He recalled a conversation he had with his wife, Stephanie, after the third round.

"I think she could see the disappointment in my eyes and my voice," Micheel recalled last night. "I was extremely disappointed with my finish [Saturday]. I didn't choke. I didn't do anything. I just missed fairways, that's all I did."

He missed more fairways yesterday, eight of the 14. But he also made a bunch of putts, including a 30-footer for birdie on the par-4 opening hole that helped him stretch his lead to two when Campbell bogeyed, and another 30-footer for birdie on the par-4 16th that gave him a two-stroke lead again after Campbell rolled in a 50-footer for birdie on the par-5 13th.

"I made more long putts than I have in a long time," said Micheel.

But it will be his shot from the left rough that he and everyone else who watched it will remember for a long time.

After making bogey on the par-4 17th and seeing his lead over Campbell cut to one, Micheel tried to cut his drive from left to right on 18. It didn't turn over completely and he saw the ball headed for the left rough.

Suddenly, it took a couple of bounces back toward the fairway before settling in the plush first cut.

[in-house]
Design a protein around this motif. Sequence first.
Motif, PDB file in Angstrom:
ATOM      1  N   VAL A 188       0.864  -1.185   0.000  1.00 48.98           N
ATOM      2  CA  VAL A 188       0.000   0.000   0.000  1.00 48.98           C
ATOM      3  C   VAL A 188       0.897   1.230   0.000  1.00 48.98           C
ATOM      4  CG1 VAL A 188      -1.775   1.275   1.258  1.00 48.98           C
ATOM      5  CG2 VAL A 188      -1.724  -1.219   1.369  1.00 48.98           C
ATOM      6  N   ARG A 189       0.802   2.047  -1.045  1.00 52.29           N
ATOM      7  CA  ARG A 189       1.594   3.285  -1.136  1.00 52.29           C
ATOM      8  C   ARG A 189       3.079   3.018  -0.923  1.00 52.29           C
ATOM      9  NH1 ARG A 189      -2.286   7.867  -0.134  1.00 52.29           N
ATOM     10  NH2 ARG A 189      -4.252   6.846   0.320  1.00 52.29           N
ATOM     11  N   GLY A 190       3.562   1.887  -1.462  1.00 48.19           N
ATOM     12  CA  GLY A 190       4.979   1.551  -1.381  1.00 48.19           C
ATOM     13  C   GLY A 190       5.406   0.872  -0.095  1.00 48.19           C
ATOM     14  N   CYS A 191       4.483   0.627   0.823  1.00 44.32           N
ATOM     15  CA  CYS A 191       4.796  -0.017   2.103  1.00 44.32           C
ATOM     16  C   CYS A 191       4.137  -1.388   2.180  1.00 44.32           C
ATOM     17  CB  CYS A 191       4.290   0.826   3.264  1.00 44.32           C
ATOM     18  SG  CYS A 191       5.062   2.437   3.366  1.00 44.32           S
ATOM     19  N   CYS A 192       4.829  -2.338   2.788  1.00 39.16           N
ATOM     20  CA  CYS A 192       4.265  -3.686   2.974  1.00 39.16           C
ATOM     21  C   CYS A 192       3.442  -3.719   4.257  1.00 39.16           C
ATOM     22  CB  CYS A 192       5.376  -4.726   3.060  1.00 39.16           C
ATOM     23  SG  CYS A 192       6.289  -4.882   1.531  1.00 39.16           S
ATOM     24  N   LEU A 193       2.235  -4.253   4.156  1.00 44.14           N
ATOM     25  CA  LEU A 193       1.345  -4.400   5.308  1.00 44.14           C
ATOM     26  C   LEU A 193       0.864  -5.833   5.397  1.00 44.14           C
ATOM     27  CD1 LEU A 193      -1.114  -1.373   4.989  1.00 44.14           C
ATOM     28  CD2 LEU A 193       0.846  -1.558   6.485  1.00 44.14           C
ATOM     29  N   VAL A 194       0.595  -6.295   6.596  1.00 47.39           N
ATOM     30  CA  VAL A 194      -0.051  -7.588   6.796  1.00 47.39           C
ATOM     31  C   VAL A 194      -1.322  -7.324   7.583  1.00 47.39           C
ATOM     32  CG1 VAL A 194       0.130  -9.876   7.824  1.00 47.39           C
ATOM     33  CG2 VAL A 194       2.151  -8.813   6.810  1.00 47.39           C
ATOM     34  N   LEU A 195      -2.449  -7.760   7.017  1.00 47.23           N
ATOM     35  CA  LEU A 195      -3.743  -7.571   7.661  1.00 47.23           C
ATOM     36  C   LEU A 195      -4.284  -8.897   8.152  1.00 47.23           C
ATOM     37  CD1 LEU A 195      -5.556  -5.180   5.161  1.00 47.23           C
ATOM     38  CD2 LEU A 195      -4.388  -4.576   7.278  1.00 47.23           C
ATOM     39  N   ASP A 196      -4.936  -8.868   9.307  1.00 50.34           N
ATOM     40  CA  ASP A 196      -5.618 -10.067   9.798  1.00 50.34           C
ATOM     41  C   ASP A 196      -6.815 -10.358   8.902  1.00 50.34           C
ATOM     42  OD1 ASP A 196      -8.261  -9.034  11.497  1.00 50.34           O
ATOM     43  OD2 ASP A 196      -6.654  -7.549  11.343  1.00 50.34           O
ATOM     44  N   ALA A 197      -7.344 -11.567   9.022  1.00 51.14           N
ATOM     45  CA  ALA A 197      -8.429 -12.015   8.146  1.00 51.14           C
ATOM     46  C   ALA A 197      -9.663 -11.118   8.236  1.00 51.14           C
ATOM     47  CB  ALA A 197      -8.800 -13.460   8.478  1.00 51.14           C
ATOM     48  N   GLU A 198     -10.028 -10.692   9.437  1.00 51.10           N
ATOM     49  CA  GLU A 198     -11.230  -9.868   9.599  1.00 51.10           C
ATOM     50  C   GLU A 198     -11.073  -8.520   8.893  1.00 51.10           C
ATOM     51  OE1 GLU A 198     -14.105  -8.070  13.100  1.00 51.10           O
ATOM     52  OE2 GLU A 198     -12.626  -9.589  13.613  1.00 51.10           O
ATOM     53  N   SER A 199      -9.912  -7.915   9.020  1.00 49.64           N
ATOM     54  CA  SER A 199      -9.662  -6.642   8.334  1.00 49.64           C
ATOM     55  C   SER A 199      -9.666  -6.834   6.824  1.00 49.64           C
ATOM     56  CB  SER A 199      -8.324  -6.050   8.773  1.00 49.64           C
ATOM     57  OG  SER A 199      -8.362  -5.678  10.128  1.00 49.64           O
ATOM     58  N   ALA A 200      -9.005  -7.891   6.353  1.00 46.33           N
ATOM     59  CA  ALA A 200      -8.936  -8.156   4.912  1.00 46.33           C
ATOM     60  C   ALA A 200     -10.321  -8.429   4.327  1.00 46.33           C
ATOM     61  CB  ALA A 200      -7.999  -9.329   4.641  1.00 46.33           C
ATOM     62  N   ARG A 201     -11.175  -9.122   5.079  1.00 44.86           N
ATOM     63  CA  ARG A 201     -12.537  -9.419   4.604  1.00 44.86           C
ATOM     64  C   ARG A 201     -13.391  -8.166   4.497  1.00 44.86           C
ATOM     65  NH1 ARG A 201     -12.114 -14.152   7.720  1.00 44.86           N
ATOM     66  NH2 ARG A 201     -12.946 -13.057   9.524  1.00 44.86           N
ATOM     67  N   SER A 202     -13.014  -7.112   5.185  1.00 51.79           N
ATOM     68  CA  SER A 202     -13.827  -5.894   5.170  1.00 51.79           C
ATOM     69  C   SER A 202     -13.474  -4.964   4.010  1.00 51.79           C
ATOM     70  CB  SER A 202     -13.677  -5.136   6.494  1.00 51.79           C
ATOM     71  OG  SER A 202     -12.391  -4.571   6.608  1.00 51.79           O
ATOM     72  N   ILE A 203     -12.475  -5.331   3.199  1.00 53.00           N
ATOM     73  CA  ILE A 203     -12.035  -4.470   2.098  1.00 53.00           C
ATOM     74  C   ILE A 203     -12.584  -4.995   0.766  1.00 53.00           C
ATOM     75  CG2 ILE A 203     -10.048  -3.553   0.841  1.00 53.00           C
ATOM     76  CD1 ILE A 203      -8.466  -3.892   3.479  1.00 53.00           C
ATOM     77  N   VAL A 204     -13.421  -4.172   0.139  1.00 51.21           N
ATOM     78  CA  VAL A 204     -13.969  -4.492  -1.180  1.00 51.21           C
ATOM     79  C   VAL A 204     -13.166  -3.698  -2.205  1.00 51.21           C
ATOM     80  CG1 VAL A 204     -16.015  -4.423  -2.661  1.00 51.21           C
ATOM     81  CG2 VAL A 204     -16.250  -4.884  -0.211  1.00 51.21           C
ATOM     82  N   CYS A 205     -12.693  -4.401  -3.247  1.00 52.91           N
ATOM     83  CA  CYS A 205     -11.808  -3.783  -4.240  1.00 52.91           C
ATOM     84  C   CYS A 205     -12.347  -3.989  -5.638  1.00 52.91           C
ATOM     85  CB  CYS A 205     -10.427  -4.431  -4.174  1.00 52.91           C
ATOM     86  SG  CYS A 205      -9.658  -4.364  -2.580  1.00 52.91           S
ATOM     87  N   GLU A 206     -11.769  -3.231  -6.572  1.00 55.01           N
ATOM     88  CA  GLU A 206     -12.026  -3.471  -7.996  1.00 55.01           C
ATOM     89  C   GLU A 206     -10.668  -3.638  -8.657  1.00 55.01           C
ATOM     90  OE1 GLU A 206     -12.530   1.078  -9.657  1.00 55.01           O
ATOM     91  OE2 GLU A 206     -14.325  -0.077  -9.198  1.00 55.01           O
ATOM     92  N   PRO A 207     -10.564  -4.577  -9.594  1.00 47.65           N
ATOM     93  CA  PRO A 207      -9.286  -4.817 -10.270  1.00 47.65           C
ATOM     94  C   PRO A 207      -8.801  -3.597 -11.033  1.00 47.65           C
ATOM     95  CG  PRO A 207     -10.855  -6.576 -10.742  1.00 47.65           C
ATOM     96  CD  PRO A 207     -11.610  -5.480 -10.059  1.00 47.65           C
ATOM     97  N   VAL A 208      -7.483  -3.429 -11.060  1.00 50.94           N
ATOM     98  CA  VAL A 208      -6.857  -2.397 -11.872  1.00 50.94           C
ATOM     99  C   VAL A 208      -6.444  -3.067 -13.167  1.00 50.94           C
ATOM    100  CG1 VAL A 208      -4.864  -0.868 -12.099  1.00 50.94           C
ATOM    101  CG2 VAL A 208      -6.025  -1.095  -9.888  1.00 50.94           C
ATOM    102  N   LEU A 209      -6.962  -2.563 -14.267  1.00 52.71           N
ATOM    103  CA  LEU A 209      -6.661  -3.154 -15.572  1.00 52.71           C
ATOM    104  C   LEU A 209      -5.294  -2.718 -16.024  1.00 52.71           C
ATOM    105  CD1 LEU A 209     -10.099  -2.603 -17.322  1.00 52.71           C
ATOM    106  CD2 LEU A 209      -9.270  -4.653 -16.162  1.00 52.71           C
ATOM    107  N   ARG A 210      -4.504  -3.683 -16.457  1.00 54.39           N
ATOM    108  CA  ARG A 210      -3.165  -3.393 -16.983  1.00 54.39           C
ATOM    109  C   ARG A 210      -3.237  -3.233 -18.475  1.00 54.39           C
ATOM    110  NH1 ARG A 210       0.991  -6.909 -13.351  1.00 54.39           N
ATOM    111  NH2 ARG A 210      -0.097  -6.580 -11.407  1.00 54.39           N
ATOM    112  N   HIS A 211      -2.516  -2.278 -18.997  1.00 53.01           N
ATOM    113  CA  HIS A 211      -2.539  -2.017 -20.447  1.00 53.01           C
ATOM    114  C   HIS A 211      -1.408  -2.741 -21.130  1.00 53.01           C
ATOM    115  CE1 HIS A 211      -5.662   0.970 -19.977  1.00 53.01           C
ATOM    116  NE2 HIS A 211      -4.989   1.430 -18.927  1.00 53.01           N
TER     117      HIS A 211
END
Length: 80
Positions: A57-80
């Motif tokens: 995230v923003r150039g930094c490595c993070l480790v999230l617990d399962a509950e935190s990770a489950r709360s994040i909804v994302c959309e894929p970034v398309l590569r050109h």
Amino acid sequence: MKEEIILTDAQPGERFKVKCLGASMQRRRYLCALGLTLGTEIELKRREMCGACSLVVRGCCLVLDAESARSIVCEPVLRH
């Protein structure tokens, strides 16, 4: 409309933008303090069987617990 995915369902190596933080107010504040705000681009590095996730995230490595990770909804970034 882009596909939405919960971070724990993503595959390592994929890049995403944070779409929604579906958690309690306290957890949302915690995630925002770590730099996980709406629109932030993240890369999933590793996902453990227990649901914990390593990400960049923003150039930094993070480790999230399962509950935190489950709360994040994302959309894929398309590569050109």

"I got a pretty nice bounce," Micheel said later. "The ball was sitting up great. It was an absolutely perfect number [of yards to the pin]."

With a swing that will be replayed for the ages, Micheel's shot sailed high over the bunker guarding the green and stopped one rotation from dropping in the cup. As he climbed onto the green and saw how close his ball came to going in for eagle, he patted his chest over his heart a few times.

After Campbell putted out, Micheel put his ball down and tapped in.

As the huge crowd surrounding the 18th green roared, Micheel hugged his caddie as his pregnant wife ran down from the gallery. Micheel kissed his wife, who is due to have their first child in late November, and also kissed her stomach.

"I had tears," said Stephanie Micheel, who has known her husband since he was 12 and she was 10. "It couldn't have been a better ending. He's been working on this his entire life."